After eighty years of life, and almost 19 years of continuous serene sobriety, I have a few observations about my ego.
I don’t claim a unique path of any growth or fall-backs. Here are some random thoughts:
First, let me tell you what my ego is and how it reveals itself. Sometimes it comes when I am stressed out, under a lot of pressure, over-scheduled, tied up in the old “should-ought-musts,” or just plain worn-out. I think it is accompanied in my case by the “poor me’s.” That is, “I’m so burdened, I have to think of JIM to the exclusion of others and I deserve [ …something …]. And, in the old days that “something” was always that old addictive substance.
Second, it also seems to come about when I have not been able to complete some personal tasks that have been postponed, partly by over-scheduling. For example, when I have made a commitment to write an article, or attend a meeting, or just plain trying to take an hour or two so I can quietly read a new library book.
Third, I believe that when we took the first 3 Steps we were essentially our old worn ego, the old “me-first” attitude. That feeling that we could control everything, that we were so important and others got in our way to stop us from doing important stuff. Like our addiction, that seemingly sudden re-emergence of our ego as our guiding light reflects our ego’s own essence – it’s “cunning, baffling, powerful.”
Fourth, when I sense my ego’s call I have to stop and ask the question, “Is this a result of a return of the old ‘me-first” attitude?”
Fifth, I think the curtailing or abandonment of our ego is life’s guiding light. Essentially, it is surrendering to the Will of God. It’s quite simple, actually: “my will or God’s Will for us.” Have we prayed about our over-scheduled lives and asked for His Will for us in that regard? Are we the only ones that can do a particular assignment we have assumed responsibility for? Are we really in charge of life’s activities or do we ask for divine guidance? Are we just looking for lots of praise?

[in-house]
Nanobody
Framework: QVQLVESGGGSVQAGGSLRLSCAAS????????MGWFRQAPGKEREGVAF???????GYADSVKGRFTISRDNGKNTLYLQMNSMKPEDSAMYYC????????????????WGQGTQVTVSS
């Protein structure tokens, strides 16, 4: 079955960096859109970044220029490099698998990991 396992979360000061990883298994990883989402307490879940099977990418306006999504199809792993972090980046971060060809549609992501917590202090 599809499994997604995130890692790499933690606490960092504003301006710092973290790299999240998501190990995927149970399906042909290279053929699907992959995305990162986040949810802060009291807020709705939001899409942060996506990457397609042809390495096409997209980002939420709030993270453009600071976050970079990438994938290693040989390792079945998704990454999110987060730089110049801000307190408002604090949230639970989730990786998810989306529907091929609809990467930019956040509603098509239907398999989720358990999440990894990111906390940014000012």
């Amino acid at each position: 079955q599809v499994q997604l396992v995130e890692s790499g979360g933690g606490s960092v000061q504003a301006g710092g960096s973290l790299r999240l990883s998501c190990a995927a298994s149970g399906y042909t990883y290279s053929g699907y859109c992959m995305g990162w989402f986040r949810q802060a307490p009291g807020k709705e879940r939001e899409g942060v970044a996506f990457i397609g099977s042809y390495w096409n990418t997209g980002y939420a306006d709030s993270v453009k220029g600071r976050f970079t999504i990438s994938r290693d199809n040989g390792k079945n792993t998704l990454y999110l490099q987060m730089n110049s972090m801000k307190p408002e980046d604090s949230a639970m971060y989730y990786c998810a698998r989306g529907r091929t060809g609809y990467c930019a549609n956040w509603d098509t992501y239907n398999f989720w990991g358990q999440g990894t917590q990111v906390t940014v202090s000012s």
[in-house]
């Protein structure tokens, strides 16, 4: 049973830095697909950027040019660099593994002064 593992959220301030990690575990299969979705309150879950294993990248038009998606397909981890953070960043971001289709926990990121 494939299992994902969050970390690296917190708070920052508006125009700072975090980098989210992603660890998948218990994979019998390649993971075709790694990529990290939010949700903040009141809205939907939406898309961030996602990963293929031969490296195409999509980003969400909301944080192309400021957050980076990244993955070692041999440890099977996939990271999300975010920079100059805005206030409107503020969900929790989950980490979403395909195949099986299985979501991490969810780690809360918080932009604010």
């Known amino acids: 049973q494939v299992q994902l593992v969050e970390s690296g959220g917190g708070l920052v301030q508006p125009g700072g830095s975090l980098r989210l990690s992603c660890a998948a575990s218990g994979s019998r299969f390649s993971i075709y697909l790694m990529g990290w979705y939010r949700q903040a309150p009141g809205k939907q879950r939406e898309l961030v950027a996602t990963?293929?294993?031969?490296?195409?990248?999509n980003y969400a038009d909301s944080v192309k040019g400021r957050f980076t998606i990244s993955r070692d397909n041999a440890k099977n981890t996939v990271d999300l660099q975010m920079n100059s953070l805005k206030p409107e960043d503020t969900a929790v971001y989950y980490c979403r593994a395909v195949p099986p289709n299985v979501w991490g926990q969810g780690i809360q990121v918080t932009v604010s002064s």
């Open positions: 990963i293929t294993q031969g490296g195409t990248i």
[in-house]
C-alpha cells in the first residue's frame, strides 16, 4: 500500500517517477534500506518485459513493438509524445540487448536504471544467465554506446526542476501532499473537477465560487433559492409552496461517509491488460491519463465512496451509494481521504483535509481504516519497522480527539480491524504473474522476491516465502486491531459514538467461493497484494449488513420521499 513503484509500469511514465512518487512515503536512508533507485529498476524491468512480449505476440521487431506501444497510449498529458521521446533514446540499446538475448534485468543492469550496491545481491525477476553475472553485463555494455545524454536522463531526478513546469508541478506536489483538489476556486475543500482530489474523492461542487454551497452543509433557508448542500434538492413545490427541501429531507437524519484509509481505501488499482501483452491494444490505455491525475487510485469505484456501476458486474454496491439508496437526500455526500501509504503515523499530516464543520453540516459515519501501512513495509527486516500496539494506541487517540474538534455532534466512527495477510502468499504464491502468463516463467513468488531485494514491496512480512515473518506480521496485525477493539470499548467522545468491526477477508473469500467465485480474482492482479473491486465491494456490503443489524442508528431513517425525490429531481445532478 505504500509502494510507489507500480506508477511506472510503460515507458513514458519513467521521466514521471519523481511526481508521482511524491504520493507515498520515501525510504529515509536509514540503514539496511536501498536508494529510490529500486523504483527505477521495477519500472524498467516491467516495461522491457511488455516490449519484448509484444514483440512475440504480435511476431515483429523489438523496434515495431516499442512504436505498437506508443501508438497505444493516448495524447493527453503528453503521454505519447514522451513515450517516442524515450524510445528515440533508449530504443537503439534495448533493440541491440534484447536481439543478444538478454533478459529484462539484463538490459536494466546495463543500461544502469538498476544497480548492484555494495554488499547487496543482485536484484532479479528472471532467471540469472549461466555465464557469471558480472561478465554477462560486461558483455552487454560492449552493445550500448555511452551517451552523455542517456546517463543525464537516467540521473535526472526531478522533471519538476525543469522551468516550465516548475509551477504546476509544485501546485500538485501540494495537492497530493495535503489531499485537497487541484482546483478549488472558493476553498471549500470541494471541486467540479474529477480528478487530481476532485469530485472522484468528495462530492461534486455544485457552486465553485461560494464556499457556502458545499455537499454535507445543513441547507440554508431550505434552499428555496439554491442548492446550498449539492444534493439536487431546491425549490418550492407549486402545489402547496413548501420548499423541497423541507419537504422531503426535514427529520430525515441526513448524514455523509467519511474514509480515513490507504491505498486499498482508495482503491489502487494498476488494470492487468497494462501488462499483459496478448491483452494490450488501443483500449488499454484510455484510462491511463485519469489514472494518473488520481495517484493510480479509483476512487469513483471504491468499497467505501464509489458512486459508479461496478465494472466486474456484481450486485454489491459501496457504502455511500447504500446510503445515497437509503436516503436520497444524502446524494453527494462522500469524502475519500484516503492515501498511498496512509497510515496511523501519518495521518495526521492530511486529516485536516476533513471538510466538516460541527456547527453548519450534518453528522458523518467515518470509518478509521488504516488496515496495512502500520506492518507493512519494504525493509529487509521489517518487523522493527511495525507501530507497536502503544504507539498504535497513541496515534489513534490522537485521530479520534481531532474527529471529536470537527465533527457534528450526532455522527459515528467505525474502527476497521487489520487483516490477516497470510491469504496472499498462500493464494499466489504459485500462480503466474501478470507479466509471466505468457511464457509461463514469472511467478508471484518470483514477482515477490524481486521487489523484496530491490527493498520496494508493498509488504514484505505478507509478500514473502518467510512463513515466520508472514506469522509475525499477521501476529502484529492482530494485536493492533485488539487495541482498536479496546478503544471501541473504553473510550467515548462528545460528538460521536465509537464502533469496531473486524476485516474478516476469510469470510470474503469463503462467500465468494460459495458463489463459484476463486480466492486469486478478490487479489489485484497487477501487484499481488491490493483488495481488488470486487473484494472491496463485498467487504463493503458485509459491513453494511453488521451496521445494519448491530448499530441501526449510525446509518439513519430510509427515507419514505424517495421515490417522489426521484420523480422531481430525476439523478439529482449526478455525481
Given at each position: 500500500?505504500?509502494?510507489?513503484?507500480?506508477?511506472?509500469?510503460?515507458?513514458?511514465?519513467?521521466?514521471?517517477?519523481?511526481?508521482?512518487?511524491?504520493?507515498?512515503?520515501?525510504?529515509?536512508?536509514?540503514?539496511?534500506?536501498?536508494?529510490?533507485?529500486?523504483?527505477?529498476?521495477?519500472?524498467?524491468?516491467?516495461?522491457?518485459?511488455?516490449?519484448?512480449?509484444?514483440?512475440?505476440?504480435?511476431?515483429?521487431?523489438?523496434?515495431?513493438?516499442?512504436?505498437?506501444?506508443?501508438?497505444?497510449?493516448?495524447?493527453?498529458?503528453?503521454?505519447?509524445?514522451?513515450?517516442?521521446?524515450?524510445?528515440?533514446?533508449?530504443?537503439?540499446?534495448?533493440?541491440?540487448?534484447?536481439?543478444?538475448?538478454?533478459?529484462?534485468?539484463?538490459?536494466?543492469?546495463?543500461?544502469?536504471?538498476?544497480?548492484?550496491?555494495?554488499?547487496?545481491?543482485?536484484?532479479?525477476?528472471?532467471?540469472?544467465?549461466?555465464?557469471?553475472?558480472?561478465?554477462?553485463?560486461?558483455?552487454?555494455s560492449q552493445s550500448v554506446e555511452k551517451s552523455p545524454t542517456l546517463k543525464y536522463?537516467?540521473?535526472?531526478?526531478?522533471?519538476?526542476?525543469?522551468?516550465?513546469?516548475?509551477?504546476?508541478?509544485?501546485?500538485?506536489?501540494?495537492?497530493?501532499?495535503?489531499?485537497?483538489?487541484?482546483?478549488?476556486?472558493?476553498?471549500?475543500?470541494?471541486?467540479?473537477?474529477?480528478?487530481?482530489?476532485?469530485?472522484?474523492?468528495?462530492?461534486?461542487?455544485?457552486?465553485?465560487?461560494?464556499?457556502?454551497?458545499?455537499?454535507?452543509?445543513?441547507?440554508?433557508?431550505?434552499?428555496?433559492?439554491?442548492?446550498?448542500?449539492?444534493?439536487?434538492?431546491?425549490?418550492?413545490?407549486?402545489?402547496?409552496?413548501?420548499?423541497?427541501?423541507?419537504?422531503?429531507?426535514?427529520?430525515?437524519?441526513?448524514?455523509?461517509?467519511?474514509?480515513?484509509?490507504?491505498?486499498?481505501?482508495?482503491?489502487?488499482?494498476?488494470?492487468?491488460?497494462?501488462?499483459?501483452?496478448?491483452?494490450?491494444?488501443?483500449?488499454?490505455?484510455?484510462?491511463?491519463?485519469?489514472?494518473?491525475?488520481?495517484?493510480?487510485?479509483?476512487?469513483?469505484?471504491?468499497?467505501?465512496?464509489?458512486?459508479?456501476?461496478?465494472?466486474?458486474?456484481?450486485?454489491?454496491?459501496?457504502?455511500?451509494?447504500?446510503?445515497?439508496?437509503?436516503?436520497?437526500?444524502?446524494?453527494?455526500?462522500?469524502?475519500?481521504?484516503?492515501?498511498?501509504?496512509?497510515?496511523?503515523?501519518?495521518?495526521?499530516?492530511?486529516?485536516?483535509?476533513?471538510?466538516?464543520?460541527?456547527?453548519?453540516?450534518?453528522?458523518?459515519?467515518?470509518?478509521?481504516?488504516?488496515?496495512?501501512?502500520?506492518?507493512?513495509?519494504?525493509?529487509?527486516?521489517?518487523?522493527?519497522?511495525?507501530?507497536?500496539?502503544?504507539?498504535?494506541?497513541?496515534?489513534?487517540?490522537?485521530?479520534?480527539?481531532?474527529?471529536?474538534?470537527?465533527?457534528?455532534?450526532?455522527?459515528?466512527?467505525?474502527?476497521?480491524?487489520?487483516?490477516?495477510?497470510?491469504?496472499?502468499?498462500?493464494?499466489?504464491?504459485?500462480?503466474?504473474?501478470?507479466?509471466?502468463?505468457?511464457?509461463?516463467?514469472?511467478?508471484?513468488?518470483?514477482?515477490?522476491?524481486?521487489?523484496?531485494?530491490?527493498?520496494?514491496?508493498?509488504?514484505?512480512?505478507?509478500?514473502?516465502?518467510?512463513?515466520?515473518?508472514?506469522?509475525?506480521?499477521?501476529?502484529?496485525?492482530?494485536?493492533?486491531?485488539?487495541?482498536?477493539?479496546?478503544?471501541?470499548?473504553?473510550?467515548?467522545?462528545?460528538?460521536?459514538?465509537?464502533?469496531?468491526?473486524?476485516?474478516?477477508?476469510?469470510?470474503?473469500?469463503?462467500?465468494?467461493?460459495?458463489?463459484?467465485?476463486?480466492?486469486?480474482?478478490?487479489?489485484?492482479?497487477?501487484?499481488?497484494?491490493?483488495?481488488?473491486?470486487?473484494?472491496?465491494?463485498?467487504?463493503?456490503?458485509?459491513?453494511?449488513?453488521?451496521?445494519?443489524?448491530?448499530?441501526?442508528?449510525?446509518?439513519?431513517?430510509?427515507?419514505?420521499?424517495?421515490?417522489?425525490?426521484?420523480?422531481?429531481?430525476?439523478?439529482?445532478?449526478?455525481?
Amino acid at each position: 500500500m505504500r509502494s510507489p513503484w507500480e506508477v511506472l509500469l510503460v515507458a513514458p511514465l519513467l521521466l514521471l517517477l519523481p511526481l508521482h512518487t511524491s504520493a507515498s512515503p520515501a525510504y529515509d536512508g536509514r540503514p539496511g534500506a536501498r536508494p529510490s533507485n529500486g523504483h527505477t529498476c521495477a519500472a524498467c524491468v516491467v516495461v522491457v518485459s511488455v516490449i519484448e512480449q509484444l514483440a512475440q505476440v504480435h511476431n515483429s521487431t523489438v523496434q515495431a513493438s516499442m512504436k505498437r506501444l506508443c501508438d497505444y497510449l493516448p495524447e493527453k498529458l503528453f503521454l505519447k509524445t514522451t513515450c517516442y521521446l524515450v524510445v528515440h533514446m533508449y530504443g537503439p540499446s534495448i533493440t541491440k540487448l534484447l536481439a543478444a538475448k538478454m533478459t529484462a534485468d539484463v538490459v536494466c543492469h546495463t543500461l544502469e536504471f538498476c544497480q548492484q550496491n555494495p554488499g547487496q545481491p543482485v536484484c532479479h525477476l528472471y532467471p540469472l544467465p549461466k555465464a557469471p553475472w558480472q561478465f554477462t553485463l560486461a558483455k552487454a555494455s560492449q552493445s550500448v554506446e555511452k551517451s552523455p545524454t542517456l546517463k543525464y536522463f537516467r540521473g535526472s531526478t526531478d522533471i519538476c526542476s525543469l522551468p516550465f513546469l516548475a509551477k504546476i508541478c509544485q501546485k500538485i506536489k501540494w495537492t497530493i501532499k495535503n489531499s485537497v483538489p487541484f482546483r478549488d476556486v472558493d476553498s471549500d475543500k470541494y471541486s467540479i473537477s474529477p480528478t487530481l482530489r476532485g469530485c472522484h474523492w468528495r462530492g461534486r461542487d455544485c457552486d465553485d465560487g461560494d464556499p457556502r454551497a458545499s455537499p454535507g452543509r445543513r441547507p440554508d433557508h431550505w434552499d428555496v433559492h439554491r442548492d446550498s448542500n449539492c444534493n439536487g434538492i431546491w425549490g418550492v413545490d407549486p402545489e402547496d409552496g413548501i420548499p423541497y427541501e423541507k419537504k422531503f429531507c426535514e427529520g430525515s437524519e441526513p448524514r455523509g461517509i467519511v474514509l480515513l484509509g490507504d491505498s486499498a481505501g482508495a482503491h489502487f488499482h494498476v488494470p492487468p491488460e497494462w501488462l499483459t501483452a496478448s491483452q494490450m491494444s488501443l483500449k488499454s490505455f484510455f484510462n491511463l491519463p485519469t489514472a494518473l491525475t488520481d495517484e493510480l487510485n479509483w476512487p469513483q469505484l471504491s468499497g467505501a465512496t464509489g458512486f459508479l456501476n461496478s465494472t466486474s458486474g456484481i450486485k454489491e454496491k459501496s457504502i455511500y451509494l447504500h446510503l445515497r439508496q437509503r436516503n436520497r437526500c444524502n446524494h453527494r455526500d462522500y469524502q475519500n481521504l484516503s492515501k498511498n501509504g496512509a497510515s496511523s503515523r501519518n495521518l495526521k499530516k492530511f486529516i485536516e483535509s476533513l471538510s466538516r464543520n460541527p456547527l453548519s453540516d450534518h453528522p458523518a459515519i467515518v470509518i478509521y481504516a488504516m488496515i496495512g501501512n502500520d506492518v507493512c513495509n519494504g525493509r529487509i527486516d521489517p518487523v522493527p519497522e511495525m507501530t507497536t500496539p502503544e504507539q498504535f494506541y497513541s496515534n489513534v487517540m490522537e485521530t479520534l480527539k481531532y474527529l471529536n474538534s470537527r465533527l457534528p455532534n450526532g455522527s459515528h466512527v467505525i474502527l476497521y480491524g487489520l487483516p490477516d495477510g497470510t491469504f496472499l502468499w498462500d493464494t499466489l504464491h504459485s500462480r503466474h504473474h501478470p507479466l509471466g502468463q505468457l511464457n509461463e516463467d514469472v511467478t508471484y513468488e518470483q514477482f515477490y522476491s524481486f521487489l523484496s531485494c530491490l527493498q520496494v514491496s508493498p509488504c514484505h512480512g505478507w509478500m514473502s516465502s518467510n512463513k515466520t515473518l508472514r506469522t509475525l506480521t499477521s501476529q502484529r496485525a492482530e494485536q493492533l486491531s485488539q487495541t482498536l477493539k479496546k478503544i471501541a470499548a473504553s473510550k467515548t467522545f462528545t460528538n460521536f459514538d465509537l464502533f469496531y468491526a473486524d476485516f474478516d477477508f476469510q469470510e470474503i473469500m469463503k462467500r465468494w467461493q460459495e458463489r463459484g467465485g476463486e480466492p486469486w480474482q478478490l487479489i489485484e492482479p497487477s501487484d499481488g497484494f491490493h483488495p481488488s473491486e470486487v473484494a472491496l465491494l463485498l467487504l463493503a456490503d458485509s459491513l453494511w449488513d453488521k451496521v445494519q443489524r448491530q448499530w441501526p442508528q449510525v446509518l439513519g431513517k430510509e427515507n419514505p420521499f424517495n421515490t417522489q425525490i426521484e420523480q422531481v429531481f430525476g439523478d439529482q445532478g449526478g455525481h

Sixth, this last point is for some the center of the problem, for many of us trace our own personalities back to the teen years of inferiority complexes, lack of self-esteem, always seeking the praise of others, using an over-schedule to achieve a degree of prominence based on our excessive work for the group.
Seventh, we need to be aware that the stresses of this attitude, of “I can do it all,” leads sometimes to frustrations, stress, self-pity, anger, resentments. And then, at some point may turn into a relapse--an escape from the chaos we have created.
So, check that old “ego-meter” periodically. If it’s somewhat out-of-balance, get to a meeting, call your sponsor. Refresh yourself again about your abandonment of that “me-first” command and stick with all you have learned and worked through in the Program. Ask what God’s Will is for you and the power to carry it out. That will keep you centered and in the right direction.
BUT, there’s always a” but” in life, and I’ve run out of space. So watch for future sections of “EGO.” The teaser is that we will discuss in Part 2 “the good ego” in all of us.
Jim A. Covington, Kentucky